However, she said after a few minutes Phillips shot Beverly twice, then left the room.

Phillips then duct-taped Crenshaw to a chair, and taped her mouth before turning his gun on himself.

NASA to review

Michael Coats, the centre's director, said NASA was committed to ensuring a safe working environment and will be looking at what went wrong, and how to avoid it happening again.

Phillips worked for a company that provides engineering services to NASA. He had worked for NASA for 12 or 13 years and "up until recently, he has been a good employee".

With a report from CTV's Tom Walters and files from The Associated Press


Workplace violence a reminder to be careful
Excerpts from Chicago Tribune December 18, 2006; article by Barbara Rose

A Chicago attorney's mind travels a familiar path whenever there's a tragedy like the recent shootings at a Chicago law office.

Four people died Dec. 8 after an angry client opened fire on an attorney he accused of cheating him. 

All of us are vulnerable to random acts of violence. But among the many working people whose jobs make them potential targets for acts of reprisal...are judges, divorce lawyers, counselors and teachers, to name a few.

Homicide at work is a leading cause of workplace fatalities, according to the National Institute for Occupational Safety and Health.

Retail and service industries account for more than half of violent deaths.

About 10 people on average were murdered per week at work in 2004, the latest year for which government statistics were available, according to the U.S. Bureau of Labor Statistics.

 Violent workplace incidents of all types--verbal abuse and threats, as well as physical assaults--most often are directed by one employee against another, a 2003 survey by the Society for Human Resource Management suggests.

One in 10 incidents involve outside personal relationships, such as spouses and ex-spouses. Personality conflicts account for half the reported violence at work, but emotional stress and mental illness also rated high on the survey's list. 


Shootings Show Need to Deal With Issue of Workplace Violence
Excerpts from Pittsburgh Post-Gazette April 19, 2007; article by Elwin Green

While the Virginia Tech massacre may rouse concern about violence on school campuses, the past two decades have seen far more incidents of homicidal rage by employees in the workplace than by students on the campus. Among the most lethal examples:

  • July 20, 1986, Edmond, Okla.: Patrick Sherrill, about to be fired from his job as a mail carrier, kills 14 U.S. Postal Service employees and wounds six others before killing himself. He becomes the first in a string of postal workers to go on killing sprees that make the term "going postal" part of the vernacular.
  • April 3, 1995, Corpus Christi, Texas: James Simpson, a former employee of the Walter Rossler Co. refinery inspection firm, kills the owner, the owner's wife and three others before killing himself.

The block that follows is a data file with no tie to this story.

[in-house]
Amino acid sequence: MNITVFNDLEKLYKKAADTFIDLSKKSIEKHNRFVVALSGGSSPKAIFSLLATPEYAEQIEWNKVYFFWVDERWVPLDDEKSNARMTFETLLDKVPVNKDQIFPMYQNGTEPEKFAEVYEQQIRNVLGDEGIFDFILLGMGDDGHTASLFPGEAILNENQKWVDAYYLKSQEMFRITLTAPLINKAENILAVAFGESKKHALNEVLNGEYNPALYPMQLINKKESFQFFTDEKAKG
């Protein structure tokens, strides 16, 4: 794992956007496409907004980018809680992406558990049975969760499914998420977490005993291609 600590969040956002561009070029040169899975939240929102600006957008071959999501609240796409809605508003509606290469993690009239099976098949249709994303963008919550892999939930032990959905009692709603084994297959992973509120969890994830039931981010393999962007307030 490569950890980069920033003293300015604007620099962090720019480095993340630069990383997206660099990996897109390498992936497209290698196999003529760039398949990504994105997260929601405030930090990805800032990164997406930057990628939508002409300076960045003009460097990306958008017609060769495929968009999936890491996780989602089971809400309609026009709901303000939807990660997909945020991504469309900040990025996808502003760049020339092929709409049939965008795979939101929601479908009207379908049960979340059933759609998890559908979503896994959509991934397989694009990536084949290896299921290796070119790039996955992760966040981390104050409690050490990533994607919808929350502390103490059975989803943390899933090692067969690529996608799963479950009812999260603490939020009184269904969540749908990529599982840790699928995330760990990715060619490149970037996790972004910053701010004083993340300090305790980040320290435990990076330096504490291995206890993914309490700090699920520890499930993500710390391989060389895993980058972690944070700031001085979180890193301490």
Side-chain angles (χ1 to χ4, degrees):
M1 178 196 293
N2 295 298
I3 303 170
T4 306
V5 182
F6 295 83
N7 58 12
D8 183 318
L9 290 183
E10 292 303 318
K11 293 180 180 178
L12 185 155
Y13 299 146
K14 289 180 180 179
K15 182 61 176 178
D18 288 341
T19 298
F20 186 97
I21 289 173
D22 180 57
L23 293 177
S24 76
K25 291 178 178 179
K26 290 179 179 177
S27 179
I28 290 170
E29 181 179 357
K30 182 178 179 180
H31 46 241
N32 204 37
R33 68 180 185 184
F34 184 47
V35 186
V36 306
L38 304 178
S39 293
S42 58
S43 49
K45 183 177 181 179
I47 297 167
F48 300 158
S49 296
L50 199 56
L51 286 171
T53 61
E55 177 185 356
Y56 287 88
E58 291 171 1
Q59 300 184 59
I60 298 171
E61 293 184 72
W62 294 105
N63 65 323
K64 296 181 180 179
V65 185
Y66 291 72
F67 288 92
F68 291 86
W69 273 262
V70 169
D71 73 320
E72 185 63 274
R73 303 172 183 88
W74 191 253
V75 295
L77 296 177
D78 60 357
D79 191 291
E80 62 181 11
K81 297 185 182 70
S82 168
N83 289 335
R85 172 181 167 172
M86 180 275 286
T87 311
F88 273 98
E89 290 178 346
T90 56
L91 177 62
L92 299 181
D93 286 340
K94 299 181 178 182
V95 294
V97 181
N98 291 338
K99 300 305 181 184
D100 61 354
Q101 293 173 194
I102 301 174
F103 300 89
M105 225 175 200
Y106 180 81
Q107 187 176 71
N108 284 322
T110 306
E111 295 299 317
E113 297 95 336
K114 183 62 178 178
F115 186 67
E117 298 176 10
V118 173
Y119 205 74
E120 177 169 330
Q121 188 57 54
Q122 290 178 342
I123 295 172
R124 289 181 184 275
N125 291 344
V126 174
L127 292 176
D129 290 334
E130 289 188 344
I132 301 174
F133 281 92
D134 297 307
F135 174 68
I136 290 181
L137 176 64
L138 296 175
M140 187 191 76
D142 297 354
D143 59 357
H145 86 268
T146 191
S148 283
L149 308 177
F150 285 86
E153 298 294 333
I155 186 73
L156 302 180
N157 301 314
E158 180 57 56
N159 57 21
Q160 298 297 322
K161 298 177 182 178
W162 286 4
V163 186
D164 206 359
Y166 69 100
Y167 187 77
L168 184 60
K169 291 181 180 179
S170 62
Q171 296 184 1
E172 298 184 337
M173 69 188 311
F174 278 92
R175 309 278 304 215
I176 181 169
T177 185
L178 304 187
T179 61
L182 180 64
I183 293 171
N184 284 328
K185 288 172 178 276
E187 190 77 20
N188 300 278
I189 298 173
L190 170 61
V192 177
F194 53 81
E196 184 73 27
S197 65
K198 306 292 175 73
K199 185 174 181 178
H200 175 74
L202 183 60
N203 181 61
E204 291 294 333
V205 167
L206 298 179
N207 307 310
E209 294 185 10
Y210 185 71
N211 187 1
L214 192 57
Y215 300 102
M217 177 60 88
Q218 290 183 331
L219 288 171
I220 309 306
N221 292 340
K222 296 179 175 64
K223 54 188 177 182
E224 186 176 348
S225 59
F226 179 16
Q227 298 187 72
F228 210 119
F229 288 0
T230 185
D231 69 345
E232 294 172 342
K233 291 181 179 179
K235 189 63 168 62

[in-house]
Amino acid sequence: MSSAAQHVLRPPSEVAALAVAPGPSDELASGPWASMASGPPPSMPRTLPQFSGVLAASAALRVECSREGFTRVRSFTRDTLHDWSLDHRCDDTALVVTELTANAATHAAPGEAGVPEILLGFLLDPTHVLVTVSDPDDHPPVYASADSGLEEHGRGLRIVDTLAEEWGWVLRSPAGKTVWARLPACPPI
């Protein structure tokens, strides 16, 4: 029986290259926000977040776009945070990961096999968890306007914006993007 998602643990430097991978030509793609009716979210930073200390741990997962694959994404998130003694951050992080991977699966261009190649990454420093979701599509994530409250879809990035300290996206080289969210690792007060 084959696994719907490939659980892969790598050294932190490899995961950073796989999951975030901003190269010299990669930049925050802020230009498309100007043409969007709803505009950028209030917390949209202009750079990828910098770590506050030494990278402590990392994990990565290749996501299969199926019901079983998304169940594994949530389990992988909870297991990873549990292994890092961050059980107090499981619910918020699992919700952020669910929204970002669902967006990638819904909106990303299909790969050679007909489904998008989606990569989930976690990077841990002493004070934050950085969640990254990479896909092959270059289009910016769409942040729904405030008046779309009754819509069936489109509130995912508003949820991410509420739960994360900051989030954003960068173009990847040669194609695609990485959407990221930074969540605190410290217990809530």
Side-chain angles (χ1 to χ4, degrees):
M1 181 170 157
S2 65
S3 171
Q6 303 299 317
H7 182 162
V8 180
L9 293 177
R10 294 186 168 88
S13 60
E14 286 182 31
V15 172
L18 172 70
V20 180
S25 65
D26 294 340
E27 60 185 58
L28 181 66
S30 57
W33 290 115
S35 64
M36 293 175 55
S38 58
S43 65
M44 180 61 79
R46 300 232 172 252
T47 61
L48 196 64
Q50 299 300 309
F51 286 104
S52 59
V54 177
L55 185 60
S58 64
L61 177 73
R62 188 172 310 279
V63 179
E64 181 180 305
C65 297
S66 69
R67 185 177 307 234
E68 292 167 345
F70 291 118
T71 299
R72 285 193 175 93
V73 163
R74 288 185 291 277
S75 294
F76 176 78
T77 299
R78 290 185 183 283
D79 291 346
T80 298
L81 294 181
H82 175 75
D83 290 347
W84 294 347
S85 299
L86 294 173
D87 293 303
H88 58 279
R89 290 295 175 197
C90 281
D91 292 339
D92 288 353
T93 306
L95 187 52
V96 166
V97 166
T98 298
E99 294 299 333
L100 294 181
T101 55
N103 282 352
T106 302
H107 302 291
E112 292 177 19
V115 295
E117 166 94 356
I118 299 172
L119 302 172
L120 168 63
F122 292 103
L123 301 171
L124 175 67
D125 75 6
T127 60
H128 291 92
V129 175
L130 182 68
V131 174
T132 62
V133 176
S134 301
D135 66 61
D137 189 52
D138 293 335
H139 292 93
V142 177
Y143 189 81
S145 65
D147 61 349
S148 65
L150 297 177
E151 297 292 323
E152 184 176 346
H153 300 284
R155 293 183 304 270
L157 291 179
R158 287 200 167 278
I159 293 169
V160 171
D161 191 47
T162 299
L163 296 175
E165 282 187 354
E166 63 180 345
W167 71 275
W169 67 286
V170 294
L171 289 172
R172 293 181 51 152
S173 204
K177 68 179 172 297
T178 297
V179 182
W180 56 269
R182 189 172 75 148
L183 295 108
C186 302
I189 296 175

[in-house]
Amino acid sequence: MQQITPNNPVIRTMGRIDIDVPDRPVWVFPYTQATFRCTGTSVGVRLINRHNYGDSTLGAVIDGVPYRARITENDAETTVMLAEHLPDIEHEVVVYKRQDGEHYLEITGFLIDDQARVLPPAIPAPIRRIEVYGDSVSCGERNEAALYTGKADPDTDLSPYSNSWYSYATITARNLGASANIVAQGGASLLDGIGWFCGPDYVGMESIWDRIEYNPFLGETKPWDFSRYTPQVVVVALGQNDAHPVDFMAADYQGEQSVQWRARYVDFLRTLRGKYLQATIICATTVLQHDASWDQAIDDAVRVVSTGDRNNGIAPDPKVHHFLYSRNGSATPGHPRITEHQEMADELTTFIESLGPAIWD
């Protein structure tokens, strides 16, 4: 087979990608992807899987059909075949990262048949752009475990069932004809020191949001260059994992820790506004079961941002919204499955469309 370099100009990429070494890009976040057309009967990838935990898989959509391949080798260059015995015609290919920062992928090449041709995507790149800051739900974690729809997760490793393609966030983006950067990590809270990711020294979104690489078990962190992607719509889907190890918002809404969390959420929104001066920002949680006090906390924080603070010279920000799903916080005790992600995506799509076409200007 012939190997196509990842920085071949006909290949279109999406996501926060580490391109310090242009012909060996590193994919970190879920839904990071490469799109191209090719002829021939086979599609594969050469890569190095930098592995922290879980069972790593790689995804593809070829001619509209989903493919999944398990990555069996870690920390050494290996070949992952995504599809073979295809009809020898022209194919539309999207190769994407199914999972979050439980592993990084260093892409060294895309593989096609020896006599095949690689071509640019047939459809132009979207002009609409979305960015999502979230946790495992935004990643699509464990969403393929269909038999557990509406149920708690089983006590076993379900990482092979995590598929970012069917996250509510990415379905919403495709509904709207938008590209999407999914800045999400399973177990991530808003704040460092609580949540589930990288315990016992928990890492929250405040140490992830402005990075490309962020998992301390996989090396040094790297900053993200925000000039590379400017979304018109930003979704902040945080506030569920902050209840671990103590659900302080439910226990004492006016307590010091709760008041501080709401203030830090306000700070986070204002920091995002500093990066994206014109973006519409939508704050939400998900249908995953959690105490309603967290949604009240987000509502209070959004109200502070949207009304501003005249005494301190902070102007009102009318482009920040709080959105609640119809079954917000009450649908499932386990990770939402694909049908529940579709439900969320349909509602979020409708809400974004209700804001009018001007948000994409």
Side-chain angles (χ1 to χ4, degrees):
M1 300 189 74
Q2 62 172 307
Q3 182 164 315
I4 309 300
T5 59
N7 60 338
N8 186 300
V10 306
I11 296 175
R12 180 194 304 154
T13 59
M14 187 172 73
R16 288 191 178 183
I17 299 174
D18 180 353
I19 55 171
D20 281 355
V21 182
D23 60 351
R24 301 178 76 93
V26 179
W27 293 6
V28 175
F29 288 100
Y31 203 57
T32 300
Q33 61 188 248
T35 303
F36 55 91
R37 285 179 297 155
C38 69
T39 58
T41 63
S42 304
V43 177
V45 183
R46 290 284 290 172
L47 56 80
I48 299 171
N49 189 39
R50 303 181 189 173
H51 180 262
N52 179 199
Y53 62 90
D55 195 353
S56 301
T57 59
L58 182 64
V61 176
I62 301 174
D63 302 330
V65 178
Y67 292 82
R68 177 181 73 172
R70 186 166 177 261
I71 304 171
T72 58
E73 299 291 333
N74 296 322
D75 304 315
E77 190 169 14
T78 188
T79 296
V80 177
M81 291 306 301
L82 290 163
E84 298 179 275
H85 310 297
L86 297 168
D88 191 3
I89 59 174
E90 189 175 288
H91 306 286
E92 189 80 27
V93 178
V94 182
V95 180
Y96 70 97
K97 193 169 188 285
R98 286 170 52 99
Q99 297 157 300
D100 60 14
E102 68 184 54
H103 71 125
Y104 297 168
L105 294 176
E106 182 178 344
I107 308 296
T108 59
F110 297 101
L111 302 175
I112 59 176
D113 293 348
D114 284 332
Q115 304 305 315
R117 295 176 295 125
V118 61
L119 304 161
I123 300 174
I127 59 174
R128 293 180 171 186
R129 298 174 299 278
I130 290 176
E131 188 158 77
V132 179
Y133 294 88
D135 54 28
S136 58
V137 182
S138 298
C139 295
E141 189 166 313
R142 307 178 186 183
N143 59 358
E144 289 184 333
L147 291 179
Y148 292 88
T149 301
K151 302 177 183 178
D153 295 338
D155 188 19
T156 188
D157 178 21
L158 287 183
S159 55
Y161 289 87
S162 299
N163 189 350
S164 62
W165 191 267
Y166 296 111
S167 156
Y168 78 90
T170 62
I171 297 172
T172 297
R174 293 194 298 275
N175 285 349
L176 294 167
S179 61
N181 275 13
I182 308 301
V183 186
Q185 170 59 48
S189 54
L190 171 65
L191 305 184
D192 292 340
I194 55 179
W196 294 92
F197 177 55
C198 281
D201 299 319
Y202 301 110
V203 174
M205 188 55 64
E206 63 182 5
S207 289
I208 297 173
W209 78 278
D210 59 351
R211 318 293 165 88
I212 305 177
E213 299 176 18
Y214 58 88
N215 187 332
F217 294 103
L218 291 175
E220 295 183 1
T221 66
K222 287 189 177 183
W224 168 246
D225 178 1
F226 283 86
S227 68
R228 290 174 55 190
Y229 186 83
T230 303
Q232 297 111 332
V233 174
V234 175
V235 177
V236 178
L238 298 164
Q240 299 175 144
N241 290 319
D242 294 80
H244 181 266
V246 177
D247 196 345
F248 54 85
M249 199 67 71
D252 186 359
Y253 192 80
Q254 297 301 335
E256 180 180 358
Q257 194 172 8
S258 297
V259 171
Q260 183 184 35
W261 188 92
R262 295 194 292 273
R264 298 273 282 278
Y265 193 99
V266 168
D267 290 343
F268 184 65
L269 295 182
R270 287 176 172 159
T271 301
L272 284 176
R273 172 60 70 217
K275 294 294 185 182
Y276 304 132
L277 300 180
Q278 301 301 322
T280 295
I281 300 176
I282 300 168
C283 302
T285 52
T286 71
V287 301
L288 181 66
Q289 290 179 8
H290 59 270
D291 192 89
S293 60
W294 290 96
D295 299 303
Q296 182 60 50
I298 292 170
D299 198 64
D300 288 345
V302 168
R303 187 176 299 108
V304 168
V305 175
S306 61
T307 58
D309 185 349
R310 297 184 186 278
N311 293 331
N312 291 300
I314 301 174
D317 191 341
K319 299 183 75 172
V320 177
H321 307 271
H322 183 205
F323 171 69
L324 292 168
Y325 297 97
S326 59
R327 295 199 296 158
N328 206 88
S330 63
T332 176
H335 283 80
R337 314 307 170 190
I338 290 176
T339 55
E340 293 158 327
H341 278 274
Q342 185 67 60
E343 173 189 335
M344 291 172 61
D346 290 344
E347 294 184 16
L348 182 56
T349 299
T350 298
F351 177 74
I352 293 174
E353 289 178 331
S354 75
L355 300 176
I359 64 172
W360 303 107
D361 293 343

• July 8, 2003, Meridian, Miss.: Doug Williams, an employee of aerospace giant Lockheed Martin, kills six and injures eight at the company's Meridian plant.

As shocking as such incidents are when they happen, they typically are preceded by indicators of brewing emotional or psychological problems....signs that employers can watch for... frequent absenteeism, sudden withdrawal or outbursts of anger and a marked decrease in work performance.

Who is most likely to launch into a workplace rampage? According to a 2004 study, the assailant is most often a white male over 30 who has recently experienced "a negative change" in his employment, such as a suspension, demotion or firing... 

"....It's a very difficult balance for anybody to walk because you don't want to be an alarmist and make everybody a suspect.... you also don't want to let definite warning signs go...For employers, the risk of overreacting is the possibility of a lawsuit for discrimination. But when the possibility of workplace violence looms, it's not worth the risk...What's important to do is to train your employees on what to do....If something happens, it goes down fast, and you don't have time to try to figure out what to do."


Experts Offer Tips on How to Avoid an Office Shooting
Excerpts from Detroit Free Press April 10, 2007; article by Patricia Anstett, Margarita Bauza and Naomi Patton

Monday's shooting of three people at a Troy accounting firm is another harsh reminder of the volatility of dismissals in the workplace.

Although the exact circumstances of the dismissal of Anthony LaCalamita, the 38-year-old man accused of opening fire in the office, have not been made public, human resource experts say there are procedures which, when followed, can lower the risk of violence.

Others point out the need to prepare employees for what to do in the rare case of an emergency.

A Los Angeles-based emergency and crisis management consultant said employers need to have an emergency plan for workplace shootings, which should include regular exit drills, similar to fire evacuation drills.

At a time of increased buyouts and layoffs, supervisors need to be careful and measured when firing someone while being mindful of their own feelings of handling a task they find loathsome.

Companies need to do more to identify problem employees early and refer them for counseling and help.


Firms Not Prepared for Emergencies
Excerpts from PRWeb Newswire April 6, 2007; author Jay Weiss

"...Three-out-of-five decision-makers... stated their company has suffered a disaster... one-out-of-five stated their company hasn't taken any action...."